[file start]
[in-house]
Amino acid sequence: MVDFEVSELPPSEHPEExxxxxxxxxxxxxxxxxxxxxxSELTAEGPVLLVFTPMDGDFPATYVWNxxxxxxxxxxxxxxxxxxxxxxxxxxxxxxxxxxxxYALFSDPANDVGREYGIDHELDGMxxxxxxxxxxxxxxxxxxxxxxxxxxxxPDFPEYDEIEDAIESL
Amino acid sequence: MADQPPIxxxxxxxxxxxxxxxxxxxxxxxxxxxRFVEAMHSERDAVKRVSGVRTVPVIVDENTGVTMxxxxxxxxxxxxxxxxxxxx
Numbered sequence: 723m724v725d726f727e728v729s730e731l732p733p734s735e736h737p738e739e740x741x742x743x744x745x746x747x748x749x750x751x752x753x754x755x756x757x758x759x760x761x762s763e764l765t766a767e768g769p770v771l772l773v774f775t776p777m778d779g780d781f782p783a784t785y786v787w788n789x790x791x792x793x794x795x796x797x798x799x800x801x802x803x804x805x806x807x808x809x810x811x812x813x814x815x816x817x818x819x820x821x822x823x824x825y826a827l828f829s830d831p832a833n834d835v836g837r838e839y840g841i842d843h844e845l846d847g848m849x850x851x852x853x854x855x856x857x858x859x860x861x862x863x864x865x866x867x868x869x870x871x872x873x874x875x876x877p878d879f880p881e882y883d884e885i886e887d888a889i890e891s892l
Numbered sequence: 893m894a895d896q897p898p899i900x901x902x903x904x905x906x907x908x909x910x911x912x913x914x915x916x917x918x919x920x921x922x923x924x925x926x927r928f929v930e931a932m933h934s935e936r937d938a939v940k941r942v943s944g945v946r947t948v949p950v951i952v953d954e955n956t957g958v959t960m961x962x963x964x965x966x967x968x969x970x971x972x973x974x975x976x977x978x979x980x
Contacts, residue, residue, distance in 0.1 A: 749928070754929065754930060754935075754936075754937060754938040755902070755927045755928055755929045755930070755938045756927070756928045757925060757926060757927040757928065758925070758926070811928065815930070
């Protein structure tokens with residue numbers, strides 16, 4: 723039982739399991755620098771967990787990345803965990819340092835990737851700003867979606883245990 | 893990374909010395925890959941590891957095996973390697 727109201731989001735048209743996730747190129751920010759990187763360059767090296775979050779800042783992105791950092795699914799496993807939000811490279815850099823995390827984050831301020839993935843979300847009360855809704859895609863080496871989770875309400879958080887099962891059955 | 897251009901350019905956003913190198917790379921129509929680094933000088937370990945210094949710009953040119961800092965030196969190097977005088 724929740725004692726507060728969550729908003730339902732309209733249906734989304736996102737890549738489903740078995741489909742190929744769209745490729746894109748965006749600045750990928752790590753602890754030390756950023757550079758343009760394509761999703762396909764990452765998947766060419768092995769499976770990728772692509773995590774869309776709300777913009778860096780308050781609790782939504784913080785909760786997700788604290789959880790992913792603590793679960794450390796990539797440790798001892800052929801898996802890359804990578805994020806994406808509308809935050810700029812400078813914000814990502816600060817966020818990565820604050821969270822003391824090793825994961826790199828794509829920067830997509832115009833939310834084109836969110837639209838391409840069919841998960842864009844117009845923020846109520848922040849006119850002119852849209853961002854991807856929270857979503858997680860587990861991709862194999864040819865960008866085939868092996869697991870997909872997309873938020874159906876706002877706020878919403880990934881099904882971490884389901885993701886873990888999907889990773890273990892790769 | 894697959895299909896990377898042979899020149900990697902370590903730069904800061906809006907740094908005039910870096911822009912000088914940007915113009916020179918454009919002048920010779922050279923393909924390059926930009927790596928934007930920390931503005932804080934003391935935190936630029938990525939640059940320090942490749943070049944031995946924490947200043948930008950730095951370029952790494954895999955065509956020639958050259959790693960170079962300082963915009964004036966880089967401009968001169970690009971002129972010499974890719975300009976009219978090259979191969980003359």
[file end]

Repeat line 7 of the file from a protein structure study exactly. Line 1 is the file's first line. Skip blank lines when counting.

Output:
């Protein structure tokens with residue numbers, strides 16, 4: 723039982739399991755620098771967990787990345803965990819340092835990737851700003867979606883245990 | 893990374909010395925890959941590891957095996973390697 727109201731989001735048209743996730747190129751920010759990187763360059767090296775979050779800042783992105791950092795699914799496993807939000811490279815850099823995390827984050831301020839993935843979300847009360855809704859895609863080496871989770875309400879958080887099962891059955 | 897251009901350019905956003913190198917790379921129509929680094933000088937370990945210094949710009953040119961800092965030196969190097977005088 724929740725004692726507060728969550729908003730339902732309209733249906734989304736996102737890549738489903740078995741489909742190929744769209745490729746894109748965006749600045750990928752790590753602890754030390756950023757550079758343009760394509761999703762396909764990452765998947766060419768092995769499976770990728772692509773995590774869309776709300777913009778860096780308050781609790782939504784913080785909760786997700788604290789959880790992913792603590793679960794450390796990539797440790798001892800052929801898996802890359804990578805994020806994406808509308809935050810700029812400078813914000814990502816600060817966020818990565820604050821969270822003391824090793825994961826790199828794509829920067830997509832115009833939310834084109836969110837639209838391409840069919841998960842864009844117009845923020846109520848922040849006119850002119852849209853961002854991807856929270857979503858997680860587990861991709862194999864040819865960008866085939868092996869697991870997909872997309873938020874159906876706002877706020878919403880990934881099904882971490884389901885993701886873990888999907889990773890273990892790769 | 894697959895299909896990377898042979899020149900990697902370590903730069904800061906809006907740094908005039910870096911822009912000088914940007915113009916020179918454009919002048920010779922050279923393909924390059926930009927790596928934007930920390931503005932804080934003391935935190936630029938990525939640059940320090942490749943070049944031995946924490947200043948930008950730095951370029952790494954895999955065509956020639958050259959790693960170079962300082963915009964004036966880089967401009968001169970690009971002129972010499974890719975300009976009219978090259979191969980003359």